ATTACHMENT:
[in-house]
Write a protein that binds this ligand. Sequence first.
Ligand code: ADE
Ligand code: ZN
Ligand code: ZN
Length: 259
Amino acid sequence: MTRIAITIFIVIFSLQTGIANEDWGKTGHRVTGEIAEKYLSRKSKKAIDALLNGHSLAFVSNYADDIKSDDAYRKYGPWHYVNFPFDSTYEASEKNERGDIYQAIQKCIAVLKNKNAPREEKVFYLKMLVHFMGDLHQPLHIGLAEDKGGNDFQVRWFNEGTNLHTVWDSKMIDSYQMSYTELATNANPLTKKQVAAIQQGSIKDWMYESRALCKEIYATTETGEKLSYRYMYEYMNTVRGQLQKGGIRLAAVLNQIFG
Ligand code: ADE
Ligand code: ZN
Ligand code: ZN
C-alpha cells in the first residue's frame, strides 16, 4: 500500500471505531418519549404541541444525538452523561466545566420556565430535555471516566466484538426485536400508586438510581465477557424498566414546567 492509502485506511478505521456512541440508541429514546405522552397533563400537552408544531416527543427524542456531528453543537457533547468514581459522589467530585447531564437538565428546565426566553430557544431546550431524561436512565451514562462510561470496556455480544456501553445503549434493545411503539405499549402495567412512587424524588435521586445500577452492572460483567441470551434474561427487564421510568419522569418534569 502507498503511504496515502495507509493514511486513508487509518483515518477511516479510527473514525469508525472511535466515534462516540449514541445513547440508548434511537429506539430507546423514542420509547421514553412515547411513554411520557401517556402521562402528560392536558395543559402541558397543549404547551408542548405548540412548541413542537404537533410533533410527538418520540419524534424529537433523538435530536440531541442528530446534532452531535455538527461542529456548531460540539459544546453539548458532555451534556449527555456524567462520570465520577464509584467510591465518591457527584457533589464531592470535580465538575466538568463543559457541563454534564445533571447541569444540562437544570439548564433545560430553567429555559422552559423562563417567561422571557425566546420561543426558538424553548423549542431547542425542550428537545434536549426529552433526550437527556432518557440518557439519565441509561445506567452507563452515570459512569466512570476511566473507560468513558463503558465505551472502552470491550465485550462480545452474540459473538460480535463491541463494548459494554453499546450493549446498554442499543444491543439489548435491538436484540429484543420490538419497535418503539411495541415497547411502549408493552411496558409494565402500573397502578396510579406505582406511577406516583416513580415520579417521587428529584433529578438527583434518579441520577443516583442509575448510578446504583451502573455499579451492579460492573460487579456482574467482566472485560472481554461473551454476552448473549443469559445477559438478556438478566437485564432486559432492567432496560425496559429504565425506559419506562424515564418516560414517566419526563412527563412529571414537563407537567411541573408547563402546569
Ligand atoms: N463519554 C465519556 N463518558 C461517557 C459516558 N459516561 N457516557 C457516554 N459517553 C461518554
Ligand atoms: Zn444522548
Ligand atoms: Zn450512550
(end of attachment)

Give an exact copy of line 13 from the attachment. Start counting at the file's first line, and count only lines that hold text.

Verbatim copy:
Ligand atoms: Zn444522548